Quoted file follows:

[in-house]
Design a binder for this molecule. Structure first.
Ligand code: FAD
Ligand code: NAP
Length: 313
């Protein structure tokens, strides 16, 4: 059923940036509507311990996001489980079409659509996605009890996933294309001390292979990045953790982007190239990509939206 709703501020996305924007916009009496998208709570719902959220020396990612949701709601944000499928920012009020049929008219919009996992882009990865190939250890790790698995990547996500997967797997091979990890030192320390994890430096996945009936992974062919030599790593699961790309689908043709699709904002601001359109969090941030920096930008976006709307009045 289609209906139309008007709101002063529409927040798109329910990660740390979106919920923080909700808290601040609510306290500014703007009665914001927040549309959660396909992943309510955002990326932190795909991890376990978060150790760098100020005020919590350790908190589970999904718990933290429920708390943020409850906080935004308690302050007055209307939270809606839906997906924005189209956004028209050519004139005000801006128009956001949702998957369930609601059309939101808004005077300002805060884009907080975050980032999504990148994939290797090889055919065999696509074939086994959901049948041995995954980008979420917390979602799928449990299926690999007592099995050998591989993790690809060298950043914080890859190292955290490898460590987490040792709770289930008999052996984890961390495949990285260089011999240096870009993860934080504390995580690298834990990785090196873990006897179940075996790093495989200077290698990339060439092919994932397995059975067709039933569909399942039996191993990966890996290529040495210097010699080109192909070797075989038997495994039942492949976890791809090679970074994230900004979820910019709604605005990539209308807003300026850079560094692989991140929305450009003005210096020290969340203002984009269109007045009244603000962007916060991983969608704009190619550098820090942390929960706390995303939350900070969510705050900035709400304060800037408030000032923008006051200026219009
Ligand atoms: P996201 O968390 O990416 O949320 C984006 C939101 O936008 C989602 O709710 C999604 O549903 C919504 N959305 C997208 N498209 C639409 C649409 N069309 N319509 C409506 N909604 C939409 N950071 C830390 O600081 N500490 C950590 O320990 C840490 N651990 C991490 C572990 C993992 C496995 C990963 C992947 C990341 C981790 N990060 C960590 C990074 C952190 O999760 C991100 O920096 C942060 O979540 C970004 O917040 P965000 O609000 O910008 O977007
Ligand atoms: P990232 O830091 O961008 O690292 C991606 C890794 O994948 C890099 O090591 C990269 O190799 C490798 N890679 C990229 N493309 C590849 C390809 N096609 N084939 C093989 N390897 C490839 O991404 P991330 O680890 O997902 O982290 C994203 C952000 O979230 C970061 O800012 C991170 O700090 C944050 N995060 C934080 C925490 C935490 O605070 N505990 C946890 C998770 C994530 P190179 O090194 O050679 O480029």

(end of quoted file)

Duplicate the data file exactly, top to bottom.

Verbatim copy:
[in-house]
Design a binder for this molecule. Structure first.
Ligand code: FAD
Ligand code: NAP
Length: 313
């Protein structure tokens, strides 16, 4: 059923940036509507311990996001489980079409659509996605009890996933294309001390292979990045953790982007190239990509939206 709703501020996305924007916009009496998208709570719902959220020396990612949701709601944000499928920012009020049929008219919009996992882009990865190939250890790790698995990547996500997967797997091979990890030192320390994890430096996945009936992974062919030599790593699961790309689908043709699709904002601001359109969090941030920096930008976006709307009045 289609209906139309008007709101002063529409927040798109329910990660740390979106919920923080909700808290601040609510306290500014703007009665914001927040549309959660396909992943309510955002990326932190795909991890376990978060150790760098100020005020919590350790908190589970999904718990933290429920708390943020409850906080935004308690302050007055209307939270809606839906997906924005189209956004028209050519004139005000801006128009956001949702998957369930609601059309939101808004005077300002805060884009907080975050980032999504990148994939290797090889055919065999696509074939086994959901049948041995995954980008979420917390979602799928449990299926690999007592099995050998591989993790690809060298950043914080890859190292955290490898460590987490040792709770289930008999052996984890961390495949990285260089011999240096870009993860934080504390995580690298834990990785090196873990006897179940075996790093495989200077290698990339060439092919994932397995059975067709039933569909399942039996191993990966890996290529040495210097010699080109192909070797075989038997495994039942492949976890791809090679970074994230900004979820910019709604605005990539209308807003300026850079560094692989991140929305450009003005210096020290969340203002984009269109007045009244603000962007916060991983969608704009190619550098820090942390929960706390995303939350900070969510705050900035709400304060800037408030000032923008006051200026219009
Ligand atoms: P996201 O968390 O990416 O949320 C984006 C939101 O936008 C989602 O709710 C999604 O549903 C919504 N959305 C997208 N498209 C639409 C649409 N069309 N319509 C409506 N909604 C939409 N950071 C830390 O600081 N500490 C950590 O320990 C840490 N651990 C991490 C572990 C993992 C496995 C990963 C992947 C990341 C981790 N990060 C960590 C990074 C952190 O999760 C991100 O920096 C942060 O979540 C970004 O917040 P965000 O609000 O910008 O977007
Ligand atoms: P990232 O830091 O961008 O690292 C991606 C890794 O994948 C890099 O090591 C990269 O190799 C490798 N890679 C990229 N493309 C590849 C390809 N096609 N084939 C093989 N390897 C490839 O991404 P991330 O680890 O997902 O982290 C994203 C952000 O979230 C970061 O800012 C991170 O700090 C944050 N995060 C934080 C925490 C935490 O605070 N505990 C946890 C998770 C994530 P190179 O090194 O050679 O480029």